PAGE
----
A Baghdad court has cleared two Iraqi men accused of taking part in the deaths of six British Royal Military Police officers in 2003.
Iraq drops charges over killing of six UK army police
A Baghdad court today cleared two Iraqi men charged with taking part in the mob killing of six British military policemen in 2003, saying there was no eyewitnesses to link the accused to the killings.
The case has been closely followed in Britain, which was the second-largest military contingent in the US-led invasion and once had 46,000 troops in Iraq.
Chief Justice Baleagh Hamdi Hikmat dropped the charges after no firsthand testimony on the slayings was presented in Baghdad's Central Criminal Court. The three-judge panel questioned nine people, mostly Iraqi police, but none said they saw the killings of the Royal Military Police officers in southern Iraq.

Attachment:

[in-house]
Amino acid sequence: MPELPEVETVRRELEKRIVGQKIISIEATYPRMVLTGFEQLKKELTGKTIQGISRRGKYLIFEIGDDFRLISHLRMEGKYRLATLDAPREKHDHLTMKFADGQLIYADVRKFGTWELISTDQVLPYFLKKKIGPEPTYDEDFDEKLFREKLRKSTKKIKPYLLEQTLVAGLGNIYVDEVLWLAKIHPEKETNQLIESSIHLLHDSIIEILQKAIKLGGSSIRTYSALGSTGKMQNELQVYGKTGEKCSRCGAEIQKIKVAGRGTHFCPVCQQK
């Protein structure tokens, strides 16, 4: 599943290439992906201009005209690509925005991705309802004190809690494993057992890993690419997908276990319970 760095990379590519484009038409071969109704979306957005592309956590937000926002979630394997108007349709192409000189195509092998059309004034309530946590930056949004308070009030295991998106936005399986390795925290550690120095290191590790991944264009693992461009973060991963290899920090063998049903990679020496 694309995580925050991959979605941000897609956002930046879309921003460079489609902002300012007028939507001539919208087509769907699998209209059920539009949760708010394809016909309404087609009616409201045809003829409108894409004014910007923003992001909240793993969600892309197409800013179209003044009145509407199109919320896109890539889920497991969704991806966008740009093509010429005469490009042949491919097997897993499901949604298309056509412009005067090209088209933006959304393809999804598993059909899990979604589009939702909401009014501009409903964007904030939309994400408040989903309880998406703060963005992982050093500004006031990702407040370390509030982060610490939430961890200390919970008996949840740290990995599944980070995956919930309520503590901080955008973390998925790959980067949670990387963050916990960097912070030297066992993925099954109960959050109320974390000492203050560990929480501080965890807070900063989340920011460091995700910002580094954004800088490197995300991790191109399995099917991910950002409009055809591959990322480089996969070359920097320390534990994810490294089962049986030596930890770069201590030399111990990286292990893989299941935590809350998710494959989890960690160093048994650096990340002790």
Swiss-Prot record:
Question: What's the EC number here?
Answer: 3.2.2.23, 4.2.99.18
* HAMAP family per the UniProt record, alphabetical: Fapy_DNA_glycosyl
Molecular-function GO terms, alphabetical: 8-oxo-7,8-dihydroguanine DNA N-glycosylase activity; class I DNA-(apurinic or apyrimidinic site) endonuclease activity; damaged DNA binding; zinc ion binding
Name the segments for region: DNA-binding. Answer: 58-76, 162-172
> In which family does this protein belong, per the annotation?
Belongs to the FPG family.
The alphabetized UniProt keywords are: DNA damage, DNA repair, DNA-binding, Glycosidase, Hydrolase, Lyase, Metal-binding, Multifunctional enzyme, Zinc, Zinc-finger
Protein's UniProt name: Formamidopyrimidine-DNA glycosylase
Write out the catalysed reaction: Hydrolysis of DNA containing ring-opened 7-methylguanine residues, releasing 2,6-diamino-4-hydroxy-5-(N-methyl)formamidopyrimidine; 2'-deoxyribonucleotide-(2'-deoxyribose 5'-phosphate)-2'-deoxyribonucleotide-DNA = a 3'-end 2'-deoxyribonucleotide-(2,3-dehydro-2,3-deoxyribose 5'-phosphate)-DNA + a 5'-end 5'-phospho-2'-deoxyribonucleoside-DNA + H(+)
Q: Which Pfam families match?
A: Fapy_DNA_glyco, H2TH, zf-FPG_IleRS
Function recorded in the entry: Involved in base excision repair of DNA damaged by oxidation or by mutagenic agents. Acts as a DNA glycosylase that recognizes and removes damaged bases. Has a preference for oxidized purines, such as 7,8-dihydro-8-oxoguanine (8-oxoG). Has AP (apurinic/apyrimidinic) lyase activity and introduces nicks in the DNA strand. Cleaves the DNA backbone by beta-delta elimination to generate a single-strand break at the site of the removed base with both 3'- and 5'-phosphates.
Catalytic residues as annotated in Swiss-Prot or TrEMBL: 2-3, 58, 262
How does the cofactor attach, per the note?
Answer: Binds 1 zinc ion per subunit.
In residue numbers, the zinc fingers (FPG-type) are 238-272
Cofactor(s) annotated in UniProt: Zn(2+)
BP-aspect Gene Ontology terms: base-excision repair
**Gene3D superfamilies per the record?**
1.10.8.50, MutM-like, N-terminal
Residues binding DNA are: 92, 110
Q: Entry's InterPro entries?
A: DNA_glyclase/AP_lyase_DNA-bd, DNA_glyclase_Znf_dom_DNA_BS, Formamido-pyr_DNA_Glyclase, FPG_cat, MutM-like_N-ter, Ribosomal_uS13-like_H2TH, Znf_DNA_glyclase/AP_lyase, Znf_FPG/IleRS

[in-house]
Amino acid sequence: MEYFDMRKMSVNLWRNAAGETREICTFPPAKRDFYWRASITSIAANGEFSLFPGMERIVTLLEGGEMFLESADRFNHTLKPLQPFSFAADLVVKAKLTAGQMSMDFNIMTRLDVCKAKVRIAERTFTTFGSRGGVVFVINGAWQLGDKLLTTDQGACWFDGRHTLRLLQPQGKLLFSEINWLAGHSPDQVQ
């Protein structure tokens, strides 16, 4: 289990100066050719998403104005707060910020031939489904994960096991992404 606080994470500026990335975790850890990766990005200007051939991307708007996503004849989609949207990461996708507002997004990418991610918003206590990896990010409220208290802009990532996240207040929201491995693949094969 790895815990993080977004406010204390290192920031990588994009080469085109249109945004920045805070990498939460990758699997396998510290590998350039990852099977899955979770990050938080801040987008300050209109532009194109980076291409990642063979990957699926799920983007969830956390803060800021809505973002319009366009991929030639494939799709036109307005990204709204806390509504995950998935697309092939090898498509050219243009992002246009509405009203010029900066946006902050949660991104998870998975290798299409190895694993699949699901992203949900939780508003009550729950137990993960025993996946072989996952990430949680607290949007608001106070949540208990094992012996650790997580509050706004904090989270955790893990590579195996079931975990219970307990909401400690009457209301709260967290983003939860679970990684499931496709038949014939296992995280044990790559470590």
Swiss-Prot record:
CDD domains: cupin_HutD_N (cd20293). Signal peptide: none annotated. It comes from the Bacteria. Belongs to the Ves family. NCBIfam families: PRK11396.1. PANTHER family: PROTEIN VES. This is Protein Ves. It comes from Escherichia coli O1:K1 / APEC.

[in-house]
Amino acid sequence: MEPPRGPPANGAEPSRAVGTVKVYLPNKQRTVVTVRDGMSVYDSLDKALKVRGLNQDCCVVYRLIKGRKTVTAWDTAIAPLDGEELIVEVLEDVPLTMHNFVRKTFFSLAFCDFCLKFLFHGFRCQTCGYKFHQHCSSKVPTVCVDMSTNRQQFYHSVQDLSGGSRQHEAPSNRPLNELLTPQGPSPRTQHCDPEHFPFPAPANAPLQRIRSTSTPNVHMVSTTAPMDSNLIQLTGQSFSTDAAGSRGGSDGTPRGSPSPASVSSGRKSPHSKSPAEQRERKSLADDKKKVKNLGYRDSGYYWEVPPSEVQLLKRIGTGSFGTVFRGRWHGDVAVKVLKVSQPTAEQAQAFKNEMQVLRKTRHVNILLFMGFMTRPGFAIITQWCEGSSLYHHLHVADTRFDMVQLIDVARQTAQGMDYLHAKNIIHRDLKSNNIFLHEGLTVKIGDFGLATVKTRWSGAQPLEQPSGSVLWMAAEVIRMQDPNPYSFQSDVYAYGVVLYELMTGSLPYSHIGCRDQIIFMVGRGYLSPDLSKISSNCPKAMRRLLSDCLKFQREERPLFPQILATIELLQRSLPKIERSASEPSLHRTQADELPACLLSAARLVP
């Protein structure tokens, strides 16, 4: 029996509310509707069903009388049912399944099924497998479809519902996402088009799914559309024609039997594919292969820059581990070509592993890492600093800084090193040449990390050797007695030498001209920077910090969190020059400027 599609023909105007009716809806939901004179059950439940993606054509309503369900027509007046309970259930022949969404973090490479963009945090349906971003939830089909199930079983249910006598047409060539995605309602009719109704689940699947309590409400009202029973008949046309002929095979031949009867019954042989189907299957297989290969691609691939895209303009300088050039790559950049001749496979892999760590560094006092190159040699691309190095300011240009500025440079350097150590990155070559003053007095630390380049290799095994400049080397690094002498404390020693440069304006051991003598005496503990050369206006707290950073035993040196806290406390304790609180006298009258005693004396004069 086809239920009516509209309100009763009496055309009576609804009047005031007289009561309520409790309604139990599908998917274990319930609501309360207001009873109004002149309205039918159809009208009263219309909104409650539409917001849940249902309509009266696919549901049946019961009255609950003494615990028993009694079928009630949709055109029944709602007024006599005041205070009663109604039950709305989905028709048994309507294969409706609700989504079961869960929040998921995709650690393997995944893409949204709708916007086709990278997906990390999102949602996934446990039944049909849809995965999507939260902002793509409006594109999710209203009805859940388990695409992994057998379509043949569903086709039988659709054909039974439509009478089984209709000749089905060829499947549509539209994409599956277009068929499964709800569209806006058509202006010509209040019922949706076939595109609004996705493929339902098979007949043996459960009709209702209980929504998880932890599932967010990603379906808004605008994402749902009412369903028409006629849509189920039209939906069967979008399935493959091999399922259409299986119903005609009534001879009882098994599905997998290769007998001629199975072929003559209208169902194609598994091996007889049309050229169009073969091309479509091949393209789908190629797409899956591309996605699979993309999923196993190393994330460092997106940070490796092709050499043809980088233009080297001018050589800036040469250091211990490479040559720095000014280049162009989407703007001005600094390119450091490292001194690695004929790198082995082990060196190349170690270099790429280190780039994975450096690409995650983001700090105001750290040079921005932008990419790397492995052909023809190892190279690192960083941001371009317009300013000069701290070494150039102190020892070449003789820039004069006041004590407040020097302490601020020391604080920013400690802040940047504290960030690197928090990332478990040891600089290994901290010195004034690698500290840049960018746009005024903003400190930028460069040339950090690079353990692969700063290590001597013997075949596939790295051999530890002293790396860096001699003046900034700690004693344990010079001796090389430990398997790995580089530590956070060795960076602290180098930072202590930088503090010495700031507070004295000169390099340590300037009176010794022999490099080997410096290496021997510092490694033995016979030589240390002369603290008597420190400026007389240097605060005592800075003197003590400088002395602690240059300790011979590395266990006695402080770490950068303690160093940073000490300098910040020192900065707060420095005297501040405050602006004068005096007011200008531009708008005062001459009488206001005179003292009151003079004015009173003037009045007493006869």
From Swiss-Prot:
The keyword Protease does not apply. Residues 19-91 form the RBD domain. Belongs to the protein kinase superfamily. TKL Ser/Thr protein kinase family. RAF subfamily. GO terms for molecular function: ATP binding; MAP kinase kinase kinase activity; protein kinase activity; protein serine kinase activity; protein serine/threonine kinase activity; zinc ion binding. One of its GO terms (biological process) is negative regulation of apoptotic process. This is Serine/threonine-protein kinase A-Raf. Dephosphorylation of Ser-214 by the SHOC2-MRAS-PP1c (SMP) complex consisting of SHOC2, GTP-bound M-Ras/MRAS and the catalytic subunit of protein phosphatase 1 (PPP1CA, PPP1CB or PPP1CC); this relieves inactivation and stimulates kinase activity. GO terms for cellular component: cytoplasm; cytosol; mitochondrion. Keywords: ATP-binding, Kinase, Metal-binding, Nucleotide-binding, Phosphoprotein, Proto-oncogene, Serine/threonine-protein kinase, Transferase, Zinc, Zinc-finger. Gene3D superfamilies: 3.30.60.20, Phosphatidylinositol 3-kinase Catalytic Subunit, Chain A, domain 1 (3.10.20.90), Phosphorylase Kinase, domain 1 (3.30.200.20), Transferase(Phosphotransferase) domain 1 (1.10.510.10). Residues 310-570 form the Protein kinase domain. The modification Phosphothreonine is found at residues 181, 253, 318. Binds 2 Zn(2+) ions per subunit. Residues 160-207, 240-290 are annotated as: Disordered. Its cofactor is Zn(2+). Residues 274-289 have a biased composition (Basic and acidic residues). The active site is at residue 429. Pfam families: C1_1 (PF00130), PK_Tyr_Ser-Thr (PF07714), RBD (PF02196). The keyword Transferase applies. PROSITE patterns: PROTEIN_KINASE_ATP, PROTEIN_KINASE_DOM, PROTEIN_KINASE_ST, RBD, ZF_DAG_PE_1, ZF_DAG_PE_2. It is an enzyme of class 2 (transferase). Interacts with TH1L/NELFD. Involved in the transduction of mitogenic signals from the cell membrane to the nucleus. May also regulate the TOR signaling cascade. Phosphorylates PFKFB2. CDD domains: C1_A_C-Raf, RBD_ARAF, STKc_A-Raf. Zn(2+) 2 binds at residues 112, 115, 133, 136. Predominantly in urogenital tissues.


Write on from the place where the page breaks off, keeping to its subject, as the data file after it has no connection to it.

One of those questioned, however, said he saw one defendant carrying the weapon of a dead British soldier. The court said it will pursue charges on the theft, but the case in the murders was dropped.
British officials said a gang of Iraqis in June 2003 chased the Royal Military Police soldiers, known as Red Caps, into a police station, where they were shot. The soldiers had been assigned to train local police in the town of Al Majar al-Kabir, about 195 kilometres north of Basra, in the months after fall of Saddam Hussein's regime. A British inquest in 2006 concluded the soldiers had been given substandard equipment, including inadequate radio communications.
Eight Iraqis were arrested earlier this year in connection with the murders, but charges were dropped against all but two men. Last year, British forces formally handed over control of their last outposts to the Iraqi military. At least 179 British personnel were killed in Iraq.